By Jorge Capelán
When it is truly the people who rise up, you can tell from a mile away. When the protests are not organized by the powerful, the demonstrators do not look like soldiers or criminals. They have no mortars or home-made weapons, no contact bombs, much less pistols, shotguns and military rifles as the coup activists here in Nicaragua did.
Curiously, in the case of genuine popular uprisings, the most violent thing you see are stones, at most some Molotov cocktails, and generally those who get killed or wounded are the demonstrators, not the police.
In the protests in Chile, Honduras or Catalonia, not a single policeman was killed… In those protests the demonstrators did not torture people, nor did they strip them, paint them, tie them to poles or kidnap them, much less set other people on fire as happened here in Nicaragua. Here, during last year’s failed coup attempt, 22 policemen died and 401, one in five of all the people wounded, were policemen.
After the protests of the last few weeks in several countries, where is Michelle Bachelet? Where is the IACHR? Where is the European Union? They are all on the side of those countries’ governments, condemning the “violence” of the demonstrators.
Here in Nicaragua, the coup-supporting daily newspaper La Prensa sells itself by trying to portray the police as a repressive army of the National Police, but its attempts to compare it with any other police force in the world are pathetic, especially those of the countries that say they are more “democratic” for having neoliberal governments who deploy armored vehicles, water trucks, tear gas in industrial quantities, rubber bullets, clubs of all sizes and shapes, even staffs made of titanium that can cause serious bone fractures. As if all that is not enough in those countries, the Army is then sent onto the streets with military weapons. No international body defends the protesters when all that is done by a neoliberal government.
The silence of Madam Michelle Bachelet, with her late-in-the-day condemnations of “inflammatory rhetoric” and “a call to all parties to dialogue” (but how, if the protests are not led by a political organization or any visible leadership?) are little more than pure hypocrisy. Because the protests in Chile are against neoliberalism and the country’s repressive political system tailor-made for the dictator Augusto Pinochet, a system which she, when she was president, didn’t know how to change, if in fact she ever wanted to change it.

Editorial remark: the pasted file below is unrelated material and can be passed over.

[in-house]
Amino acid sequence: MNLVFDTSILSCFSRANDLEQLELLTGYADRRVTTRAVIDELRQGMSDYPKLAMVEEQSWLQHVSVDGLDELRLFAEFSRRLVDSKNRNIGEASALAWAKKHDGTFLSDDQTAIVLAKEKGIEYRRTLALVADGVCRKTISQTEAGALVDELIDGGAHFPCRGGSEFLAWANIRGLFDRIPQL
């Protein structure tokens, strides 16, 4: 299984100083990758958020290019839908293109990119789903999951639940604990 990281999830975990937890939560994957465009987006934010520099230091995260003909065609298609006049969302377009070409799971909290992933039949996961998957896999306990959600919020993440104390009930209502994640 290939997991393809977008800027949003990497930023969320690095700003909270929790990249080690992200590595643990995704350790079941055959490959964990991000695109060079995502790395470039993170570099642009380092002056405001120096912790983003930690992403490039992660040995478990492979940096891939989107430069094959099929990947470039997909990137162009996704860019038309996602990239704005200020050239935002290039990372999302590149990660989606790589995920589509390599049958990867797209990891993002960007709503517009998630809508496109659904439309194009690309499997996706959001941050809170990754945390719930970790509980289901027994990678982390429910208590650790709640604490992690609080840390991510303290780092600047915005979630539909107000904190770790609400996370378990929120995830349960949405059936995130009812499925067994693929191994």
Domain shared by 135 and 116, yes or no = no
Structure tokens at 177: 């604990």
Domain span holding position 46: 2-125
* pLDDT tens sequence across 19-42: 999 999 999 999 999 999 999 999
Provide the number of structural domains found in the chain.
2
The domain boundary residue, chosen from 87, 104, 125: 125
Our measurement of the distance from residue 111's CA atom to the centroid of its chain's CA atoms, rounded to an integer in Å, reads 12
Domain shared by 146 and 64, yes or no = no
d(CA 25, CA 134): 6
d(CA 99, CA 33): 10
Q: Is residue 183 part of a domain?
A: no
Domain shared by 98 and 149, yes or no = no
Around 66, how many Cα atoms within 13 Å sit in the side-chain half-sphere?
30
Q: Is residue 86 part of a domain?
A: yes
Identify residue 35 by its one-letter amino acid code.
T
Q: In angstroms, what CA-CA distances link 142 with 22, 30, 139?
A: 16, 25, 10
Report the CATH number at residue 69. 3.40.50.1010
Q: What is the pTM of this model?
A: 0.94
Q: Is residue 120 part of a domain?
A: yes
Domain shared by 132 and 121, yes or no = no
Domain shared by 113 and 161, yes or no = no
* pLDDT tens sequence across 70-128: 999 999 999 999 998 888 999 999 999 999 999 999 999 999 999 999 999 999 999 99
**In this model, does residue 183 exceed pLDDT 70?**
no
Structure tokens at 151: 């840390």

Michelle Bachelet says she is “concerned” about the army’s violence against the protesters, but does not condemn it. When ten dead were already in Chile, the president, Sebastián Piñera, assured the population that the country was at war against a “powerful enemy”. Madam Bachelet, what rhetoric could be more inflammatory than that?
Sebastián Piñera, by the way, is one of Chile’s richest financiers. His brother José was one of the “Chicago Boys” who implemented Pinochet’s neoliberal reforms in the country, among other things by designing the private pension system against which people are now rebelling. In the end, what is true about the current protests in Chile, is equally so for the protests in recent weeks in Ecuador, Honduras, Haiti, Colombia, Catalonia, France, Lebanon, Iraq and even South Korea: A corrupt system dominated by financial capital preying on human beings and the environment.
Europeans and Americans are very worried about not eating beef so as not to contribute to global warming, and they are right, since cattle farts produce the greatest amount of methane, one of the worst greenhouse gases. However, deep down they should understand that the most serious problem, which causes all the other problems, is a system that depends on devouring people in order to reproduce itself. There should be a protest movement against devouring people!
Rich countries, which concentrate 90% of the world’s wealth in just 10% of the global population, had an per capita average of more than 10 metric tons of carbon dioxide emissions for 2014. In North America, per capita emissions were 16.4 metric tons. Low-income countries, on the other hand, averaged just 3.5 tons. Nicaragua, under the Sandinista governments, managed to enter the group of middle-income countries in 2016, with about 2,000 dollars of GDP per capita. However, thanks to Sandinista policies, it has very low emissions, just 0.8 tons of CO2 per person, according to the World Bank.
This low level of carbon emissions in Nicaragua, despite more economic development and higher per capita income, are linked, for example, to the change in the country’s energy matrix from just 20% clean energy generation in 2006 to 56.37% today. The expectation is to reach 70% clean energy generation soon, thanks to several renewable energy projects newly underway. This is despite the fact that the country’s electricity coverage will reach 97% by the end of this year, up from 50% in 2006 .
Countries like Nicaragua promoting these kinds of policies of real democratization are catalogued as “dictatorships” by Western dominated international human right organizations. Against these countries the West promotes destabilization policies of all kinds, including “color revolutions” financed by NGOs nurtured specifically for that purpose. When these countries seek to defend themselves against such attacks, they are portrayed as “repressive tyrannies”.
Their governments are condemned for allegedly violating human rights, and the mercenaries who do the imperialist dirty work on the ground are described as “democracy activists”. But when pro-imperialist governments protecting the dictatorship of global finance repress legitimate uprisings by their peoples, they are described as “defending democracy”. That is the great hypocrisy of our time.
Featured image: If repression knocks us down let solidarity lift us up. Photo: Manuel. C